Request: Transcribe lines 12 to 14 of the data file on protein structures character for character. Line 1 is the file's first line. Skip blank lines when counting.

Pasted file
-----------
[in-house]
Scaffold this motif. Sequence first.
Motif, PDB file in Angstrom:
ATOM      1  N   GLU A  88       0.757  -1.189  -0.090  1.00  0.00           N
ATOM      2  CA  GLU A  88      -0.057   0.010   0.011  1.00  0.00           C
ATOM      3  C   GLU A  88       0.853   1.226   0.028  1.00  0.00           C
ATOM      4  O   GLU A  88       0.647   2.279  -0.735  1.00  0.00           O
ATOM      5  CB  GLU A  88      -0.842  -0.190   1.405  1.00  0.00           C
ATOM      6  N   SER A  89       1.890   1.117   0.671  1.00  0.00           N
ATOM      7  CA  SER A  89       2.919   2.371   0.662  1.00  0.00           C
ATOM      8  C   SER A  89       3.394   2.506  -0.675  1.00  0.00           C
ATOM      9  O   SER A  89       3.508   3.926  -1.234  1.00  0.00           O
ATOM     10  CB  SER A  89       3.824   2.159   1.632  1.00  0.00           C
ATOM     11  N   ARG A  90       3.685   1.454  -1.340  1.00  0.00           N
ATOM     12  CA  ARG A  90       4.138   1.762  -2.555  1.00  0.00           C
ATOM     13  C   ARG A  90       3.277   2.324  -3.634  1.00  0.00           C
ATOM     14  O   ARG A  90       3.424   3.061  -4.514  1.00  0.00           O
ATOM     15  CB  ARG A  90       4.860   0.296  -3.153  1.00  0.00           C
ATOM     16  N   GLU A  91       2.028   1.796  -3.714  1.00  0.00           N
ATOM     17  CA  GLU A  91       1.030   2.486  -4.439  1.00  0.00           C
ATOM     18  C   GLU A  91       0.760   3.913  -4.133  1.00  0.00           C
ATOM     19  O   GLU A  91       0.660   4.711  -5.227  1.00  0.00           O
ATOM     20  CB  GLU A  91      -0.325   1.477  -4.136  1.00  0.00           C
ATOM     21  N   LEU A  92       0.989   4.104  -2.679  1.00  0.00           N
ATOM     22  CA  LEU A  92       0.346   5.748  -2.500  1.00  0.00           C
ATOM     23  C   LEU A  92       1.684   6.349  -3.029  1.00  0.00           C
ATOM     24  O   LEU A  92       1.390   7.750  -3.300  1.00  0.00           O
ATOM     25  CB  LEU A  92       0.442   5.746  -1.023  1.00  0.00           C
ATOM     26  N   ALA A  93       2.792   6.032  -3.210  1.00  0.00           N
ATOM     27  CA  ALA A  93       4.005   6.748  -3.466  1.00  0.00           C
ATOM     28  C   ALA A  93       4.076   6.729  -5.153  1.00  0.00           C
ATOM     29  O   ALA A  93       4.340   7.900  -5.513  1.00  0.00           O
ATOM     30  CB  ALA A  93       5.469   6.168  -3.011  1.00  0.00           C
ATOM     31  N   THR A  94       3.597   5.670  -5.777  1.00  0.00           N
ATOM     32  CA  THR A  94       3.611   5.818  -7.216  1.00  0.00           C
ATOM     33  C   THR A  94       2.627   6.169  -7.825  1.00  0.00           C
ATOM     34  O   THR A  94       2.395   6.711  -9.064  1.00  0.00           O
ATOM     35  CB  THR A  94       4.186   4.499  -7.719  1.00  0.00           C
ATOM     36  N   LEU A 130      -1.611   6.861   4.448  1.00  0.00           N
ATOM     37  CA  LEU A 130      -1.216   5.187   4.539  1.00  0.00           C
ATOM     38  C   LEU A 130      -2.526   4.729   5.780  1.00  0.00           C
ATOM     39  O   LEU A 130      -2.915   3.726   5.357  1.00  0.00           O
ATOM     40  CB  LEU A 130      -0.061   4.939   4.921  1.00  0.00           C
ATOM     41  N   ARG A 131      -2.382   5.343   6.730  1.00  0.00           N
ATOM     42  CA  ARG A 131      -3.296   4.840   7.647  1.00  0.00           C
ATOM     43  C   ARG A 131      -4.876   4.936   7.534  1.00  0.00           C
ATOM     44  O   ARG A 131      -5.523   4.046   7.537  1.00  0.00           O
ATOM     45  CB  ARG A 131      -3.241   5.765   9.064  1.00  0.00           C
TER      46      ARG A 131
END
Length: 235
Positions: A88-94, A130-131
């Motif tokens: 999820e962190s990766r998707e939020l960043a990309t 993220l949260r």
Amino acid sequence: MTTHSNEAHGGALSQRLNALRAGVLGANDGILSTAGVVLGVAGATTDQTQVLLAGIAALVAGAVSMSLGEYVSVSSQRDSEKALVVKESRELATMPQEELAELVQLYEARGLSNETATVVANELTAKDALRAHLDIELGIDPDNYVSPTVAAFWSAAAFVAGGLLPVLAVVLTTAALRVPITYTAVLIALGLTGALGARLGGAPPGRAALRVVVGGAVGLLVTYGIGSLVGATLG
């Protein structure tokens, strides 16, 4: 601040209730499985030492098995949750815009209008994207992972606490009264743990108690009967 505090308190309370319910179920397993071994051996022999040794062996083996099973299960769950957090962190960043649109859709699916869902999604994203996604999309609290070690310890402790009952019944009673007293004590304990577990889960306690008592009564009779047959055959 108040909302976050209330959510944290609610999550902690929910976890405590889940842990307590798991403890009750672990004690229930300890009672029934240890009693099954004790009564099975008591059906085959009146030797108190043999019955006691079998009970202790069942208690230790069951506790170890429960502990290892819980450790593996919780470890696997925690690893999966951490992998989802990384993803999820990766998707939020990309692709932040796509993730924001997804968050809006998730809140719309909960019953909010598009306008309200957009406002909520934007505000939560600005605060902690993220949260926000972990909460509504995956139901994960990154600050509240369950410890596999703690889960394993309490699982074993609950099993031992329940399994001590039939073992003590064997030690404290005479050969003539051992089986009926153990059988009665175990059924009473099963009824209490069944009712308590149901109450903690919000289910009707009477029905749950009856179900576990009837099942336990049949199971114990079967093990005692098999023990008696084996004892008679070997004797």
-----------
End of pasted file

ATOM      9  O   SER A  89       3.508   3.926  -1.234  1.00  0.00           O
ATOM     10  CB  SER A  89       3.824   2.159   1.632  1.00  0.00           C
ATOM     11  N   ARG A  90       3.685   1.454  -1.340  1.00  0.00           N